The following biographical sketch is adapted from
the "News of the Church: Elder Ronald E. Poelman Of the First Quorum of
the Seventy" published in the Ensign for May 1978 on the occasion
of Elder Poelman's call to the First Quorum of the Seventy.
“My husband is a great Gospel Doctrine teacher. I think
there are going to be some disappointed people in our ward when he’s not
there every Sunday morning to teach their class.” And Sister Claire Poelman
was only half joking.
Although Elder Ronald E. Poelman, newly sustained
as a member of the First Quorum of the Seventy, has had administrative
experience in the Church—including seven years as counselor in a stake
presidency, two years as bishop, one year as high councilor, and one year
as bishop’s counselor—his principal calling for the past eight years has
been as a Sunday School teacher.
“I love to teach, and I particularly love to teach
from the scriptures. The Gospel Doctrine class has been ideal for my Church
service,” he affirmed enthusiastically.
When he received a telephone call at his office in
California where he worked as vice-president and secretary of Consolidated
Freightways, Inc., this contented Sunday School teacher was “taken aback.”
“President N. Eldon
Tanner, with whom I have been associated in business, informed me that
President [Spencer W.] Kimball wished
to speak with me personally. When he asked what my schedule was for the
next couple of days, I said, ‘For President Kimball, my schedule is very
After an interview—which seemed more like a visit—with
President Kimball, and after President Tanner had also entered the President’s
office, Elder Poelman asked if he could telephone his wife in California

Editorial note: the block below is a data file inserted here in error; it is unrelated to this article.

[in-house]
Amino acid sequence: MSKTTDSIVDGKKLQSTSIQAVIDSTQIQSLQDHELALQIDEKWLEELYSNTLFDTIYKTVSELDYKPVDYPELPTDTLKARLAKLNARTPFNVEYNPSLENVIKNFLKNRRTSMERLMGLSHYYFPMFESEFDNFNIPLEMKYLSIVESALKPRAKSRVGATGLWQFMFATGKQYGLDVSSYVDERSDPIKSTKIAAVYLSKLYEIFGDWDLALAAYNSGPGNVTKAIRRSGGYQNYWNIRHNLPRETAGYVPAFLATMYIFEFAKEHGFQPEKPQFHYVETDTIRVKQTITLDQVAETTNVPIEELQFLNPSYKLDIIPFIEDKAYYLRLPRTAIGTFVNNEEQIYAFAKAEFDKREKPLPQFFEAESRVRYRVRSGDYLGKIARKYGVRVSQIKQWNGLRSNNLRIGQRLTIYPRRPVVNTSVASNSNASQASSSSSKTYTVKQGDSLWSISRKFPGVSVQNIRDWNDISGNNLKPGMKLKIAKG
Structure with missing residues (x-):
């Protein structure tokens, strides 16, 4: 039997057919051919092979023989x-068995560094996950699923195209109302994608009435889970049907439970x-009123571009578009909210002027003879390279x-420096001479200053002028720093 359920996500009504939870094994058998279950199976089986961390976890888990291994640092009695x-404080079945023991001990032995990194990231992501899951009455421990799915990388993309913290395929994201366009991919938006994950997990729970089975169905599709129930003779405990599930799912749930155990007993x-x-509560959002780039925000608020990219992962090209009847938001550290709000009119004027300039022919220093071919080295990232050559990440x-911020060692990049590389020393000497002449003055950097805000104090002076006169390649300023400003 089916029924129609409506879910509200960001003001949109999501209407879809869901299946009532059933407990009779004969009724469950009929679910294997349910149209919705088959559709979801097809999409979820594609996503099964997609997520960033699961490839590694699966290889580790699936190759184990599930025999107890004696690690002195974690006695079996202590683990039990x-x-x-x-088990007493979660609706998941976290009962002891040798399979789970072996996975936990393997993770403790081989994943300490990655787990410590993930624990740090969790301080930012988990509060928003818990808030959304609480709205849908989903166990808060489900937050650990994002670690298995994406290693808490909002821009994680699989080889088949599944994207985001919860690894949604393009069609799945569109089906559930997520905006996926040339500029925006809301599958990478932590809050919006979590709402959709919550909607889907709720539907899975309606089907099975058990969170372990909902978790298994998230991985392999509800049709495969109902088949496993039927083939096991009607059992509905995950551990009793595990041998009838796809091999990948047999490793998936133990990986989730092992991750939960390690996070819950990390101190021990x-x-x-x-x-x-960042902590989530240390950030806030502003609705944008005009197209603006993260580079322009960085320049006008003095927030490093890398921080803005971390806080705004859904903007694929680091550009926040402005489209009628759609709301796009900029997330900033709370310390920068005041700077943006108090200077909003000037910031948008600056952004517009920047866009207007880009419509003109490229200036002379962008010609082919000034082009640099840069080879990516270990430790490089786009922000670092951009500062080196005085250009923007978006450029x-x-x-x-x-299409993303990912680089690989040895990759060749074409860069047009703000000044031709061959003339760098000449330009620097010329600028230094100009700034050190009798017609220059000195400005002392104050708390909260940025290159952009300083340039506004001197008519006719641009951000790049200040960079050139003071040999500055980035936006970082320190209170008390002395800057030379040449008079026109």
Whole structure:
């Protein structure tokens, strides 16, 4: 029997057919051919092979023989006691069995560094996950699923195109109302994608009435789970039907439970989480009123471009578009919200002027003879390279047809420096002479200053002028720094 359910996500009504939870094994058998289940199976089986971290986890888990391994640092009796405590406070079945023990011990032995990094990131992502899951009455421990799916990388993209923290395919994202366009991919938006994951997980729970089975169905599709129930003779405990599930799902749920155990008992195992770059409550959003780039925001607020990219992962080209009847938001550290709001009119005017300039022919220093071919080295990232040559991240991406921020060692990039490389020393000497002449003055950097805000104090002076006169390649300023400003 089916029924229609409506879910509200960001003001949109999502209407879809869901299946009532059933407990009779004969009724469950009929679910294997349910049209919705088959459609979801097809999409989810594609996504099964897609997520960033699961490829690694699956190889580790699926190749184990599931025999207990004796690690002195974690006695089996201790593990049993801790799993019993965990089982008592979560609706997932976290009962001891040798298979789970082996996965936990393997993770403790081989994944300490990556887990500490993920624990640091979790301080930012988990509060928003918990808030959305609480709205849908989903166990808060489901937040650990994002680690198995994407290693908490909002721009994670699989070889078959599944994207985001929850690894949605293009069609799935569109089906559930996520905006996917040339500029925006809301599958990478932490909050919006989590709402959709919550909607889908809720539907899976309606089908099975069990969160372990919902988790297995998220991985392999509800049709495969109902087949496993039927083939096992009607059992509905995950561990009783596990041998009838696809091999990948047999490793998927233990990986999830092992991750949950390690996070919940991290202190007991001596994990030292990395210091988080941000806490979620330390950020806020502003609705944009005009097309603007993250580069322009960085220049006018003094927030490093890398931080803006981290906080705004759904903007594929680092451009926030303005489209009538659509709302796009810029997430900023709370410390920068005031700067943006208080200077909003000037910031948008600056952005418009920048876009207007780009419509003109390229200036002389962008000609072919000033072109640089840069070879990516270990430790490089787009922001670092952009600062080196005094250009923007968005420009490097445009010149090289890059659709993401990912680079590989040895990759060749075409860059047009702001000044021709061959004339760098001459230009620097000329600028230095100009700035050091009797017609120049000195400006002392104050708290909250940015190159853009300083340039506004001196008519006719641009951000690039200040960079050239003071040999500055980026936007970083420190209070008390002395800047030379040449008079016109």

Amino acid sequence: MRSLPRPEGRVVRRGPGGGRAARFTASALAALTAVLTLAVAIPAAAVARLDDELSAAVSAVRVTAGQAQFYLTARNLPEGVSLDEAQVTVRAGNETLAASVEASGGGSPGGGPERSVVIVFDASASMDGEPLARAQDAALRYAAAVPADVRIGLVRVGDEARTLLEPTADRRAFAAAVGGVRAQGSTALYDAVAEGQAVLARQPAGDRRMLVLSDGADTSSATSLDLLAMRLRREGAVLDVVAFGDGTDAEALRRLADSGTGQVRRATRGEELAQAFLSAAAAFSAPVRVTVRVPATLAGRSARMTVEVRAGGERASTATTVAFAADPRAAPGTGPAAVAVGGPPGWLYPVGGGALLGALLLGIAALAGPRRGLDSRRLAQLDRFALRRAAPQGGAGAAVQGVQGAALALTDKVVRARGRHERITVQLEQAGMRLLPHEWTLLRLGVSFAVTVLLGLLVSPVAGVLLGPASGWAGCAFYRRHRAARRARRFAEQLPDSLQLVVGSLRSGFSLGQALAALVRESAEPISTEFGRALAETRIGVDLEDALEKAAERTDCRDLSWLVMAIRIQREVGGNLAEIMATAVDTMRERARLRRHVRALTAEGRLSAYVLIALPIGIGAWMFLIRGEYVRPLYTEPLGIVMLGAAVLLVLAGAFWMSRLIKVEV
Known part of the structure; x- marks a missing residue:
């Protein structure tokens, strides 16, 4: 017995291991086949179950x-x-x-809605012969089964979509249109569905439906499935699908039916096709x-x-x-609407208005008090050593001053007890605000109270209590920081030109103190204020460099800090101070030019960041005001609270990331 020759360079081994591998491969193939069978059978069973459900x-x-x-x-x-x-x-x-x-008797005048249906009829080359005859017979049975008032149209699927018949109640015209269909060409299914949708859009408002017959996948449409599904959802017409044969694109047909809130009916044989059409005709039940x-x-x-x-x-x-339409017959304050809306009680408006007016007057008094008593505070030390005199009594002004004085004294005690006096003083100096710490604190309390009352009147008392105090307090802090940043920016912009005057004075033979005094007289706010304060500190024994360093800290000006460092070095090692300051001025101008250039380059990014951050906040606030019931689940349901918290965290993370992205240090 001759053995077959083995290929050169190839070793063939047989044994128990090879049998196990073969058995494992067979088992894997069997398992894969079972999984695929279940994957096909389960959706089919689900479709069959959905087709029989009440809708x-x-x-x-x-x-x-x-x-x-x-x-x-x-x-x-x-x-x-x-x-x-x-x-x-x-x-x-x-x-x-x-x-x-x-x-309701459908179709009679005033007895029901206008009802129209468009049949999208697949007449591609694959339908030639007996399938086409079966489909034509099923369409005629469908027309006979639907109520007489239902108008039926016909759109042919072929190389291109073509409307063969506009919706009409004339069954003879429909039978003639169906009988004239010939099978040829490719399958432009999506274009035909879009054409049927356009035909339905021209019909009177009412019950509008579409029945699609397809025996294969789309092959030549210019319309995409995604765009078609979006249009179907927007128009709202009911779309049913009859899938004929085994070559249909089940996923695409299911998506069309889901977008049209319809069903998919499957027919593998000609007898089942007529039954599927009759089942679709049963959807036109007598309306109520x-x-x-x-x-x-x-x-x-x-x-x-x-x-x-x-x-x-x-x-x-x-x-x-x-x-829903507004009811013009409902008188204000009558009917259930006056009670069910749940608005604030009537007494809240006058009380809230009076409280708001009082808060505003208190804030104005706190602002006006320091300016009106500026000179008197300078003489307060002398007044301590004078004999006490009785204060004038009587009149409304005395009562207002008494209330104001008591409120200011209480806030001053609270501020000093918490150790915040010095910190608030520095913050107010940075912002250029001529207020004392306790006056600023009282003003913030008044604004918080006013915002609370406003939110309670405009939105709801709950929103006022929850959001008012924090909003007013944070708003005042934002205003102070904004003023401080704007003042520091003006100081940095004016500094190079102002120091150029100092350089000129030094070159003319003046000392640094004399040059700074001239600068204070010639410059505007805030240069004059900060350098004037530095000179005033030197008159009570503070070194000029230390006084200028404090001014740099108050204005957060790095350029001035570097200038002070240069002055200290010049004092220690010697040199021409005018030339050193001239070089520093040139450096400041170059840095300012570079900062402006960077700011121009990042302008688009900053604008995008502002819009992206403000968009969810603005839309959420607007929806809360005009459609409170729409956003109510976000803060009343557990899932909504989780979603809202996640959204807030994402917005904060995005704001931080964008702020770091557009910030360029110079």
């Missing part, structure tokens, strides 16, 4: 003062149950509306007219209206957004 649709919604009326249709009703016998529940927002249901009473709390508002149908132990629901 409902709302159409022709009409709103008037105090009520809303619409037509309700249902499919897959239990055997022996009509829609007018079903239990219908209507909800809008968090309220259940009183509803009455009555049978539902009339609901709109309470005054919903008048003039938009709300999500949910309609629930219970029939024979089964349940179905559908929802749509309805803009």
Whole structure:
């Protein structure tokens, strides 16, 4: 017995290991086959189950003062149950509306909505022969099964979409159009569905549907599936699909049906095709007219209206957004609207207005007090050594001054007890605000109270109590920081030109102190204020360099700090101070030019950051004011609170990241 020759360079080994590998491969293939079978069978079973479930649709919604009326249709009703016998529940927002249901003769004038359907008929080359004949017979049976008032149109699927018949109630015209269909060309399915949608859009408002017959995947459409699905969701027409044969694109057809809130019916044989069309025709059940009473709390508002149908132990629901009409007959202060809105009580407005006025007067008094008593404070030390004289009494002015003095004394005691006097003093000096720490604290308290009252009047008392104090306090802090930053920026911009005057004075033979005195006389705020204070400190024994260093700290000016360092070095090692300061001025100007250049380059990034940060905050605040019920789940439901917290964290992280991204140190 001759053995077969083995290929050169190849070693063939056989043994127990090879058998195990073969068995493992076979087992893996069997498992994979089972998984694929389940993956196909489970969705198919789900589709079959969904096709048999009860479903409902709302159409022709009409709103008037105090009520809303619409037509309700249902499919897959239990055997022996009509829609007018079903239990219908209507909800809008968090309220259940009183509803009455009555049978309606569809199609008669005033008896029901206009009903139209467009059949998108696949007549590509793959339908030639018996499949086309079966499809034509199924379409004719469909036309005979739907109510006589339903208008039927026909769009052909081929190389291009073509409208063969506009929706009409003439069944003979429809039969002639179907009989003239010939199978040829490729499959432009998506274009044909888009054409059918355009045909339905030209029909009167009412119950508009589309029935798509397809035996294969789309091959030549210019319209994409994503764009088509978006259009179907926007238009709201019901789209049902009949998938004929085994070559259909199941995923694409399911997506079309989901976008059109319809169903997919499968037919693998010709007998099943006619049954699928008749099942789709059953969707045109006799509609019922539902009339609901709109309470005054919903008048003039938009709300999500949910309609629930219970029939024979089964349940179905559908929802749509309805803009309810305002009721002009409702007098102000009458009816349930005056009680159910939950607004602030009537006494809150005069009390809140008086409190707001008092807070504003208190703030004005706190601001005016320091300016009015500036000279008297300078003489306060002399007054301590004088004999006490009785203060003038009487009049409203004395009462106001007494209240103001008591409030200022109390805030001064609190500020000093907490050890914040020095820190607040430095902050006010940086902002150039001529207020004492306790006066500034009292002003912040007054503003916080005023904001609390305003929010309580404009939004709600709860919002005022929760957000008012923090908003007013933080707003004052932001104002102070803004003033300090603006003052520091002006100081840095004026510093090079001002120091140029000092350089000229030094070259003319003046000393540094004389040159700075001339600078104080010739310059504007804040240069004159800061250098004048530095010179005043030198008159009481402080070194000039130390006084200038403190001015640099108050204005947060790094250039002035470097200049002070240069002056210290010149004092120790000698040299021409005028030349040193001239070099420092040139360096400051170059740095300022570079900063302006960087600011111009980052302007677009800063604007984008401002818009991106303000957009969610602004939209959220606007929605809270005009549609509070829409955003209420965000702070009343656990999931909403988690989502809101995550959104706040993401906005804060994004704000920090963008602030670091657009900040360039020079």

for her response to his calling. President Kimball said he thought that
would be most appropriate. Then he said, “Please use my telephone. President
Tanner and I will step outside.”
“I called home and we talked for several minutes.
I was still on the telephone when the door opened very quietly and President
Kimball put his head in. ‘Ron,’ he said, ‘you take all the time you want.
Don’t be embarrassed. We’ll just be waiting out here.’ Then he very quietly
closed the door again. That was very touching to me. He was so gentle,
so gracious, and so sensitive.”
How did Sister Poelman feel? “Overwhelmed!” But after
struggling for ten years with cancer, Sister Poelman knows what it means
to trust in the Lord. Today they have four children and three grandchildren.
Elder Poelman received his law degree from the University
of Utah in 1955 and later, in 1965, graduated from Harvard University Graduate
School of Business Administration.
Both he and his wife are also active in community
affairs. Elder Poelman is a member of the San Francisco Symphony Foundation,
Commonwealth Club of California, and World Trade Club, and is on the Board
of Arbitration of the National Association of Securities Dealers.
Sister Poelman, a graduate of BYU, has served as
a consultant to Stanford Research Institute and, for five years, as chairperson
of the “Reach to Recovery” Program in Santa Clara County. During the past
ten years, she has counselled cancer patients daily.
Born 10 May 1929, of active members of the Church,
Elder Poelman always assumed that he would serve a mission and gladly accepted
a call to the Netherlands Mission. But his testimony at that time was more
a testimony of the Church than of the gospel—that is, until one Sunday when illness kept him in while his companion was at a conference.
“Fairly early in the day, the awareness began to
come over me that the key to all that I was involved in was whether Jesus
Christ was the Son of God. As I read in the New Testament, I periodically
slid out of bed onto my knees and asked my Heavenly Father to confirm to
me whether or not the things I was reading were really true. By the time
I had finished reading the four Gospels and praying the entire day, I knew
without a doubt—and I have never doubted for a moment since—that Jesus
is the Christ. The rock foundation that Jesus is my Savior is the basis
for everything else.”
Sister Claire Stoddard Poelman passed away in 1979 sfter a long battle with cancer. Following Claire's death, Elder Poelman married Anne Osborn, MD, a physician who had served as a member of the General Board of the Sunday School. Grampa has not found the date of that second marriage.
Elder Poelman served with honor and distinction in the
First Quorum of the Seventy for over twenty years until on October 3, 1998
at the age of seventy, he was given a vote of thanks and named an Emeritus